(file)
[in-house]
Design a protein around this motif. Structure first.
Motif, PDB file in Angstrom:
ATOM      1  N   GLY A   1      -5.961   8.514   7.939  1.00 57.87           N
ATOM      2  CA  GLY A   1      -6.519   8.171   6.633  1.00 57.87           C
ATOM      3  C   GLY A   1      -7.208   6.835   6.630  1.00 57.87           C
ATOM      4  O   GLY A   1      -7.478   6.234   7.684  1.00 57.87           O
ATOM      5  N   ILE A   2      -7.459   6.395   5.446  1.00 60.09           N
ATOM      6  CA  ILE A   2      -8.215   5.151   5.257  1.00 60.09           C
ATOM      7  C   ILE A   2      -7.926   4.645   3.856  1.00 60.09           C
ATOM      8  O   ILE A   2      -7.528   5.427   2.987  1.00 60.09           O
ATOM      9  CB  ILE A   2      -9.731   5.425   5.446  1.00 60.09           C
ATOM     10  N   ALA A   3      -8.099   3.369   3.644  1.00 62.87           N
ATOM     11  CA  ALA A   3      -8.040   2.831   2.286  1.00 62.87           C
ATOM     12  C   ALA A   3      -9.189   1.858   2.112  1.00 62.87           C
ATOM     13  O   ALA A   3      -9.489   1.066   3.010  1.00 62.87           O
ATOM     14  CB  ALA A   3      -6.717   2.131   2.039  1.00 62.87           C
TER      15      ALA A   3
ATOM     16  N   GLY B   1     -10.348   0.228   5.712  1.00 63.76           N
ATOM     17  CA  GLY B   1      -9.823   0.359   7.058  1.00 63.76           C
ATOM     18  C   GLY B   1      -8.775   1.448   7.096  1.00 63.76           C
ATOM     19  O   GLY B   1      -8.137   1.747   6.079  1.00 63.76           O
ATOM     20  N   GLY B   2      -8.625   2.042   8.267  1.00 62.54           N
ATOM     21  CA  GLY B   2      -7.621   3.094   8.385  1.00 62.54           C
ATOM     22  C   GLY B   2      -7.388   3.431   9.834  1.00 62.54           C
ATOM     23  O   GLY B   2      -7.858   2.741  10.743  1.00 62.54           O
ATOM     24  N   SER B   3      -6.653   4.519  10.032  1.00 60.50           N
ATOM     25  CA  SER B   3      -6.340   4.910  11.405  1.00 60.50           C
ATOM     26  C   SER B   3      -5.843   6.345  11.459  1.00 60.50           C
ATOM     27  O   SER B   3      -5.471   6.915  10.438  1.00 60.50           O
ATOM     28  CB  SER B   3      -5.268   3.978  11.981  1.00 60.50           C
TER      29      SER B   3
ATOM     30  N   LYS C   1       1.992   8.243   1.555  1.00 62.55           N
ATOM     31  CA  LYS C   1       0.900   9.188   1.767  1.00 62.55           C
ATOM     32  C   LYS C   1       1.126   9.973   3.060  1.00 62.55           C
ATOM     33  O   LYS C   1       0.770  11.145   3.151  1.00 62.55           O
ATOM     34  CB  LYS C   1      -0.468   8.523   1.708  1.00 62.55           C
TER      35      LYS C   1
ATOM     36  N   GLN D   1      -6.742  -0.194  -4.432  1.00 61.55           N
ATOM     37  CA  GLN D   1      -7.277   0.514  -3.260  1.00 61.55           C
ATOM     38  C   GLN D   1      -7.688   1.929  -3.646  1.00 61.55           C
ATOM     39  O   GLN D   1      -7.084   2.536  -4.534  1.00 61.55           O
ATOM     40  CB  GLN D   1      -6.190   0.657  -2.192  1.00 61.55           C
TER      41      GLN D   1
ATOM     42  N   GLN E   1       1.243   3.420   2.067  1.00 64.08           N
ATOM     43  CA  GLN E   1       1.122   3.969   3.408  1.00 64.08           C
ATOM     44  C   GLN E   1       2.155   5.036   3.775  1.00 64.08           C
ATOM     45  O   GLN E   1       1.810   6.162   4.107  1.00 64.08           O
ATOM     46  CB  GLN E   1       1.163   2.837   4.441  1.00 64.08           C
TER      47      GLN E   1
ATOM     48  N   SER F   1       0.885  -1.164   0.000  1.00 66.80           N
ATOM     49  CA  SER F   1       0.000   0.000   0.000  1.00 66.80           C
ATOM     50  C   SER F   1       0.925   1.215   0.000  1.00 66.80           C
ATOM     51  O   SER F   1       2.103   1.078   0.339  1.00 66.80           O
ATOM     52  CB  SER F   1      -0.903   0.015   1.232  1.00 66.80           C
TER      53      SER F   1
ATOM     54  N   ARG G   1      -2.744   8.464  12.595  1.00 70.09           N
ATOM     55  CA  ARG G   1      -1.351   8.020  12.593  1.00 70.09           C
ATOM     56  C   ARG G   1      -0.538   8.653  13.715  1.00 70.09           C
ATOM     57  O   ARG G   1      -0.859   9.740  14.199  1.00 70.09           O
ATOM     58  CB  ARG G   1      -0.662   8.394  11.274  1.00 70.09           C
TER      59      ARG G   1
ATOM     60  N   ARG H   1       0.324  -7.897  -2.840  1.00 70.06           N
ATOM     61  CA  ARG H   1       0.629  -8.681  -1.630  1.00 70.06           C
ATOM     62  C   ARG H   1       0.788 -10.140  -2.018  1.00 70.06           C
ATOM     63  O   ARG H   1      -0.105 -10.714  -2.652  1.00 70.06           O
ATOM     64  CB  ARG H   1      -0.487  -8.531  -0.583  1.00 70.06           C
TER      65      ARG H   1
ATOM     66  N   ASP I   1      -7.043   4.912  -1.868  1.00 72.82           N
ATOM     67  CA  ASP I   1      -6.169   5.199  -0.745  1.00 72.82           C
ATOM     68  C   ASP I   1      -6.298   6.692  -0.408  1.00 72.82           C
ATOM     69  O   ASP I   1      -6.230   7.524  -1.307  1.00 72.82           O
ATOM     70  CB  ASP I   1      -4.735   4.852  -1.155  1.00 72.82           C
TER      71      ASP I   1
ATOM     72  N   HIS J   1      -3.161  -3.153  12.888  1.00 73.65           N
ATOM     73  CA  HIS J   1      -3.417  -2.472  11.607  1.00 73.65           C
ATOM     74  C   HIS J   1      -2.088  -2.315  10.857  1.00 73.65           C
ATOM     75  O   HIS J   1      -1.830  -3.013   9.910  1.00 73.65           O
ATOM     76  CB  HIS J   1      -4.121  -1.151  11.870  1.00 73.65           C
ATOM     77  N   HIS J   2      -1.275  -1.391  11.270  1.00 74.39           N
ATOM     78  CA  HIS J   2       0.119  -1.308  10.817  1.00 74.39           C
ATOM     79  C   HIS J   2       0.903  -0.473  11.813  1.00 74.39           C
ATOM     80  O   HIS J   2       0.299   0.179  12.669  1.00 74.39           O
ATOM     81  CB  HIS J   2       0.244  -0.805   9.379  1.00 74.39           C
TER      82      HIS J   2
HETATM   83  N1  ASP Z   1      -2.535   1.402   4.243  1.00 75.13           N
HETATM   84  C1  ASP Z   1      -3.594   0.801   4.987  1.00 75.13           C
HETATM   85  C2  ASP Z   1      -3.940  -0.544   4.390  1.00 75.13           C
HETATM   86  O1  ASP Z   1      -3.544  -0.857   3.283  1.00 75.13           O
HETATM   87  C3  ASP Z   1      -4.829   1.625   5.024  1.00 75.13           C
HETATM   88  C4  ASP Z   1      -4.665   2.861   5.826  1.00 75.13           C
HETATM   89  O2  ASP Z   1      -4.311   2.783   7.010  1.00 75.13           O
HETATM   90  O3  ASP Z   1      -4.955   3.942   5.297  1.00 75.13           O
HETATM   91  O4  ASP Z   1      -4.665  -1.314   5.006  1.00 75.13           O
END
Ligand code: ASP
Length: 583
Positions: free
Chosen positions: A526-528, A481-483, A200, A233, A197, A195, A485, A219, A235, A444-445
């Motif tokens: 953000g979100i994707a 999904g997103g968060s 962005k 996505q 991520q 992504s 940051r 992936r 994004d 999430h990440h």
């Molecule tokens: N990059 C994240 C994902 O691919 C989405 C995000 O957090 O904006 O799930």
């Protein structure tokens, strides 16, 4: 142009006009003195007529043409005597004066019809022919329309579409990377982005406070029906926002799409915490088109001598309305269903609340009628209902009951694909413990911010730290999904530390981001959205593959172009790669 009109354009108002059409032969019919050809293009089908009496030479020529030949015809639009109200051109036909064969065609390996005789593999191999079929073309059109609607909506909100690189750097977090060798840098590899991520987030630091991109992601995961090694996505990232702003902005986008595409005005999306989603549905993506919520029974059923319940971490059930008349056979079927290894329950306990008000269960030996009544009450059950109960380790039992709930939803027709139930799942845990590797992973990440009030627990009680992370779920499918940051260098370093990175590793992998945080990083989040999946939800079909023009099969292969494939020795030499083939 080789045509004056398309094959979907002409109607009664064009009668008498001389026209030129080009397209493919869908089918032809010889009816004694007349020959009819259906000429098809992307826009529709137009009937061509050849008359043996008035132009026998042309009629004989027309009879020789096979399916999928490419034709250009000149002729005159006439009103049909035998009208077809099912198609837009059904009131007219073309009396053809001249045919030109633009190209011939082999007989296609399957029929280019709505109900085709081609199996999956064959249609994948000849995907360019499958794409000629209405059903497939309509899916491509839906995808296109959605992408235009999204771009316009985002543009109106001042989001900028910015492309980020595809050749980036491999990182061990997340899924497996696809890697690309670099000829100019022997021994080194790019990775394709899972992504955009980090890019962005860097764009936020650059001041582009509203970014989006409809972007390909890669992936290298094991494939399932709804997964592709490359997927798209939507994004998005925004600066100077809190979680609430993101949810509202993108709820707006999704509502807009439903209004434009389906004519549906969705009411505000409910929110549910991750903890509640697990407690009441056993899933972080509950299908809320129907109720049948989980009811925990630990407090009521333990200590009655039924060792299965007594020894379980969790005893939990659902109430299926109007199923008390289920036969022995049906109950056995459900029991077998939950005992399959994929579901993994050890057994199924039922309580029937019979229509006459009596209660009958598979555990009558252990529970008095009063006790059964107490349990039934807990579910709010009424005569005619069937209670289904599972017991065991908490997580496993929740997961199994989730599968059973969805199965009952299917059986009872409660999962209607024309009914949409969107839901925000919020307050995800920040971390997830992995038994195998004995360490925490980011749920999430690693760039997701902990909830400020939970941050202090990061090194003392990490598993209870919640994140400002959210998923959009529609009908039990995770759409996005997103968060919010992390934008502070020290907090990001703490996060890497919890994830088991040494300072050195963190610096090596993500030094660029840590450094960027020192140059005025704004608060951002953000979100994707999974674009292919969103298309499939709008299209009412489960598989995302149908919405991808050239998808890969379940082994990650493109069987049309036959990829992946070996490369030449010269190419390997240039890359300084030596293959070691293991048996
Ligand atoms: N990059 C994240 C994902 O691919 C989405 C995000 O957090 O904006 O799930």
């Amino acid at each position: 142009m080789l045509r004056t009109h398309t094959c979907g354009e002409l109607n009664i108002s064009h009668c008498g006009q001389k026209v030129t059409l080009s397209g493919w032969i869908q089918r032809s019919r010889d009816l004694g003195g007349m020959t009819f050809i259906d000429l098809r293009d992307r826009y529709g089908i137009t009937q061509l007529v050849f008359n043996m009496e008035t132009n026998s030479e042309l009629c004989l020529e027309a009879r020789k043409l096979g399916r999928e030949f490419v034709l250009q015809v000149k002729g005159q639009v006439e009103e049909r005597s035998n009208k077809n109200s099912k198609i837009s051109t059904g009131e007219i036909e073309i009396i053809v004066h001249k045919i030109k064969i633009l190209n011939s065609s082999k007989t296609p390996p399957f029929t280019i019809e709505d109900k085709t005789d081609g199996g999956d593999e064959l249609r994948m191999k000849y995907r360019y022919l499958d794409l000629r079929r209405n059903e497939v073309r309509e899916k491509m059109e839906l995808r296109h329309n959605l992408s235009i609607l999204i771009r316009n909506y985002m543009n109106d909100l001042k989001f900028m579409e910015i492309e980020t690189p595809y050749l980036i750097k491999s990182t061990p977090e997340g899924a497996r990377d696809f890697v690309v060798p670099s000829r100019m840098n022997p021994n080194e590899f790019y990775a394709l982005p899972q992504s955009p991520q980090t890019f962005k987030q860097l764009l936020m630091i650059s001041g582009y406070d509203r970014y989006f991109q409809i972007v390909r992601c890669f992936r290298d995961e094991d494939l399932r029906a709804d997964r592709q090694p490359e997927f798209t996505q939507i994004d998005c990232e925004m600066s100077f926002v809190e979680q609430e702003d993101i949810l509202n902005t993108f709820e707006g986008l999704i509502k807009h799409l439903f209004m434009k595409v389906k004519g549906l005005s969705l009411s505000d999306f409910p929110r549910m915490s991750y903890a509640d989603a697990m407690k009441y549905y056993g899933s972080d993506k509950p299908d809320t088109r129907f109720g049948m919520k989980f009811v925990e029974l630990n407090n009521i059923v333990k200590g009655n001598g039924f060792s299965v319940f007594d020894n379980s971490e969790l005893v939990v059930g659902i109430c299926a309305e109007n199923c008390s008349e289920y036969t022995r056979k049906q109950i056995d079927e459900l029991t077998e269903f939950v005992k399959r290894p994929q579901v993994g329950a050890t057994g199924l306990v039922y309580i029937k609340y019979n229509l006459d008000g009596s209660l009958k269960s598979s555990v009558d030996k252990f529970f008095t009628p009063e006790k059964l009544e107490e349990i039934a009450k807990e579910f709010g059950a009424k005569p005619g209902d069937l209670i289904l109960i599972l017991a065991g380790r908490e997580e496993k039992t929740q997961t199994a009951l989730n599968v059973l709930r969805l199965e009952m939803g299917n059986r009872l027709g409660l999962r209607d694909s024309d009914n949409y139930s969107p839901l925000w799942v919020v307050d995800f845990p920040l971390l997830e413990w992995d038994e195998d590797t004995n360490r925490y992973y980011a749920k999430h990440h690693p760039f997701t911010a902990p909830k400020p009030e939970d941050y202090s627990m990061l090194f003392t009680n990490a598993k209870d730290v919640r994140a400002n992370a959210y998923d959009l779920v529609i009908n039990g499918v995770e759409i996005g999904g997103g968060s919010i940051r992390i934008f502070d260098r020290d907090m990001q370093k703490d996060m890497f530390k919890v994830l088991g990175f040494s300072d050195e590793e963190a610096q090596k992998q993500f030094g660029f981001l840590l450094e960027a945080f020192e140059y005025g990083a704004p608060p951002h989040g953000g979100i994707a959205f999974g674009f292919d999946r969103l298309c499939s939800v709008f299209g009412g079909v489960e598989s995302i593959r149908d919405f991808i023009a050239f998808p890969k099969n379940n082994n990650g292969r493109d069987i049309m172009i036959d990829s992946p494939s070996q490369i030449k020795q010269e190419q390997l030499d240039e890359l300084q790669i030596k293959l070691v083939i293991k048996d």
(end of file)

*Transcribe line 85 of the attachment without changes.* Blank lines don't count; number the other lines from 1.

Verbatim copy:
TER      82      HIS J   2